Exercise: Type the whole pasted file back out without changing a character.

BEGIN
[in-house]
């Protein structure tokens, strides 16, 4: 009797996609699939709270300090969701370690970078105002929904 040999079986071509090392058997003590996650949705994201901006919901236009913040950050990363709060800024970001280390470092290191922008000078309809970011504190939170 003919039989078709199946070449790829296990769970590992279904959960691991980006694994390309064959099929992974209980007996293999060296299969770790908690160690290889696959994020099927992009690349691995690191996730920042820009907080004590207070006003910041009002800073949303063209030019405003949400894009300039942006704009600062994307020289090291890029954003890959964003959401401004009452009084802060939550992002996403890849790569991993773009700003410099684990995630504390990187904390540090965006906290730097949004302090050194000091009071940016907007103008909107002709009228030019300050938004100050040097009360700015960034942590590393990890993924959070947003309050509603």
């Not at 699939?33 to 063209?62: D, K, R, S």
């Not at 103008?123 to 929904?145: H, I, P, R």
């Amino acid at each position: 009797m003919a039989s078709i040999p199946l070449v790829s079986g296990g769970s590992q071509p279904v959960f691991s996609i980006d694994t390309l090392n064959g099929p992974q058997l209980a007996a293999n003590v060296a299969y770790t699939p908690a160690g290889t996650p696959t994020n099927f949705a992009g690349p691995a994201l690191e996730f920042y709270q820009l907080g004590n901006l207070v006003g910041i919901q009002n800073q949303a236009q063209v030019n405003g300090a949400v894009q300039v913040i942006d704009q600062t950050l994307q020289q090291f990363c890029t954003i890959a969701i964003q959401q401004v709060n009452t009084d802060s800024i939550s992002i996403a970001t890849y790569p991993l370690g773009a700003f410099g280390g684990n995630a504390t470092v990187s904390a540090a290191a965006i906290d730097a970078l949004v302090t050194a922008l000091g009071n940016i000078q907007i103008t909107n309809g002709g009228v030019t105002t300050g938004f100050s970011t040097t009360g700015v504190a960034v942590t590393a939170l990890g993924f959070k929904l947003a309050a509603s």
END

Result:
[in-house]
């Protein structure tokens, strides 16, 4: 009797996609699939709270300090969701370690970078105002929904 040999079986071509090392058997003590996650949705994201901006919901236009913040950050990363709060800024970001280390470092290191922008000078309809970011504190939170 003919039989078709199946070449790829296990769970590992279904959960691991980006694994390309064959099929992974209980007996293999060296299969770790908690160690290889696959994020099927992009690349691995690191996730920042820009907080004590207070006003910041009002800073949303063209030019405003949400894009300039942006704009600062994307020289090291890029954003890959964003959401401004009452009084802060939550992002996403890849790569991993773009700003410099684990995630504390990187904390540090965006906290730097949004302090050194000091009071940016907007103008909107002709009228030019300050938004100050040097009360700015960034942590590393990890993924959070947003309050509603």
């Not at 699939?33 to 063209?62: D, K, R, S």
């Not at 103008?123 to 929904?145: H, I, P, R």
């Amino acid at each position: 009797m003919a039989s078709i040999p199946l070449v790829s079986g296990g769970s590992q071509p279904v959960f691991s996609i980006d694994t390309l090392n064959g099929p992974q058997l209980a007996a293999n003590v060296a299969y770790t699939p908690a160690g290889t996650p696959t994020n099927f949705a992009g690349p691995a994201l690191e996730f920042y709270q820009l907080g004590n901006l207070v006003g910041i919901q009002n800073q949303a236009q063209v030019n405003g300090a949400v894009q300039v913040i942006d704009q600062t950050l994307q020289q090291f990363c890029t954003i890959a969701i964003q959401q401004v709060n009452t009084d802060s800024i939550s992002i996403a970001t890849y790569p991993l370690g773009a700003f410099g280390g684990n995630a504390t470092v990187s904390a540090a290191a965006i906290d730097a970078l949004v302090t050194a922008l000091g009071n940016i000078q907007i103008t909107n309809g002709g009228v030019t105002t300050g938004f100050s970011t040097t009360g700015v504190a960034v942590t590393a939170l990890g993924f959070k929904l947003a309050a509603s």